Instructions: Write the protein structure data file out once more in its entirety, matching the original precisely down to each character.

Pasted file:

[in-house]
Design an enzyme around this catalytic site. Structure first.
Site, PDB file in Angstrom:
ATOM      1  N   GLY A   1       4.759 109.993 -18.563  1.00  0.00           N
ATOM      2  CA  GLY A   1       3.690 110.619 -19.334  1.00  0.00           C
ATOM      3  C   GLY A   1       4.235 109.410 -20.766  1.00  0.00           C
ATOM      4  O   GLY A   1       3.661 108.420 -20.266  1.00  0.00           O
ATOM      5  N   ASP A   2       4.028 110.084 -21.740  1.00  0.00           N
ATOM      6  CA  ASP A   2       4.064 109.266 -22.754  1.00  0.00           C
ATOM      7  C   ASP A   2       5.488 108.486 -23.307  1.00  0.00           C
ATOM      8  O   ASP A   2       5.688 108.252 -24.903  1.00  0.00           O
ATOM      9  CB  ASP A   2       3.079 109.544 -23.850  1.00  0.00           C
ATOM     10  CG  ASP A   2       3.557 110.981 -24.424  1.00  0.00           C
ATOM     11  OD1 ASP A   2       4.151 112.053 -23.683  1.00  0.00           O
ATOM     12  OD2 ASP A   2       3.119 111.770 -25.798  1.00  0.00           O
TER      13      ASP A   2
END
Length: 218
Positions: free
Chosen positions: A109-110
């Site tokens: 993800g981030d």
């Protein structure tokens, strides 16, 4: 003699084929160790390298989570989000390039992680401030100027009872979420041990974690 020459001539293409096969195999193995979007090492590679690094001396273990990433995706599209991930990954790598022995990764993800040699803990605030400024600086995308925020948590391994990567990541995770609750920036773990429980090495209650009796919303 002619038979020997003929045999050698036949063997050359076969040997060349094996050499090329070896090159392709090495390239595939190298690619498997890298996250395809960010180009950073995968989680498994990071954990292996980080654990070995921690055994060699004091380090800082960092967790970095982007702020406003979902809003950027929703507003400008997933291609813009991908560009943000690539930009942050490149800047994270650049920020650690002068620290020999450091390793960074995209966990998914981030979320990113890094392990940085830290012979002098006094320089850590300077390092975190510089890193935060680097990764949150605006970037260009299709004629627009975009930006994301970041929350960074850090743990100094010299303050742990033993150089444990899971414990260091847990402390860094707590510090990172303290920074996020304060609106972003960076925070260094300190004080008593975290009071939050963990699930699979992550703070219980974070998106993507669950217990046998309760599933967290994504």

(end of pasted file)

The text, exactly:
[in-house]
Design an enzyme around this catalytic site. Structure first.
Site, PDB file in Angstrom:
ATOM      1  N   GLY A   1       4.759 109.993 -18.563  1.00  0.00           N
ATOM      2  CA  GLY A   1       3.690 110.619 -19.334  1.00  0.00           C
ATOM      3  C   GLY A   1       4.235 109.410 -20.766  1.00  0.00           C
ATOM      4  O   GLY A   1       3.661 108.420 -20.266  1.00  0.00           O
ATOM      5  N   ASP A   2       4.028 110.084 -21.740  1.00  0.00           N
ATOM      6  CA  ASP A   2       4.064 109.266 -22.754  1.00  0.00           C
ATOM      7  C   ASP A   2       5.488 108.486 -23.307  1.00  0.00           C
ATOM      8  O   ASP A   2       5.688 108.252 -24.903  1.00  0.00           O
ATOM      9  CB  ASP A   2       3.079 109.544 -23.850  1.00  0.00           C
ATOM     10  CG  ASP A   2       3.557 110.981 -24.424  1.00  0.00           C
ATOM     11  OD1 ASP A   2       4.151 112.053 -23.683  1.00  0.00           O
ATOM     12  OD2 ASP A   2       3.119 111.770 -25.798  1.00  0.00           O
TER      13      ASP A   2
END
Length: 218
Positions: free
Chosen positions: A109-110
């Site tokens: 993800g981030d």
């Protein structure tokens, strides 16, 4: 003699084929160790390298989570989000390039992680401030100027009872979420041990974690 020459001539293409096969195999193995979007090492590679690094001396273990990433995706599209991930990954790598022995990764993800040699803990605030400024600086995308925020948590391994990567990541995770609750920036773990429980090495209650009796919303 002619038979020997003929045999050698036949063997050359076969040997060349094996050499090329070896090159392709090495390239595939190298690619498997890298996250395809960010180009950073995968989680498994990071954990292996980080654990070995921690055994060699004091380090800082960092967790970095982007702020406003979902809003950027929703507003400008997933291609813009991908560009943000690539930009942050490149800047994270650049920020650690002068620290020999450091390793960074995209966990998914981030979320990113890094392990940085830290012979002098006094320089850590300077390092975190510089890193935060680097990764949150605006970037260009299709004629627009975009930006994301970041929350960074850090743990100094010299303050742990033993150089444990899971414990260091847990402390860094707590510090990172303290920074996020304060609106972003960076925070260094300190004080008593975290009071939050963990699930699979992550703070219980974070998106993507669950217990046998309760599933967290994504």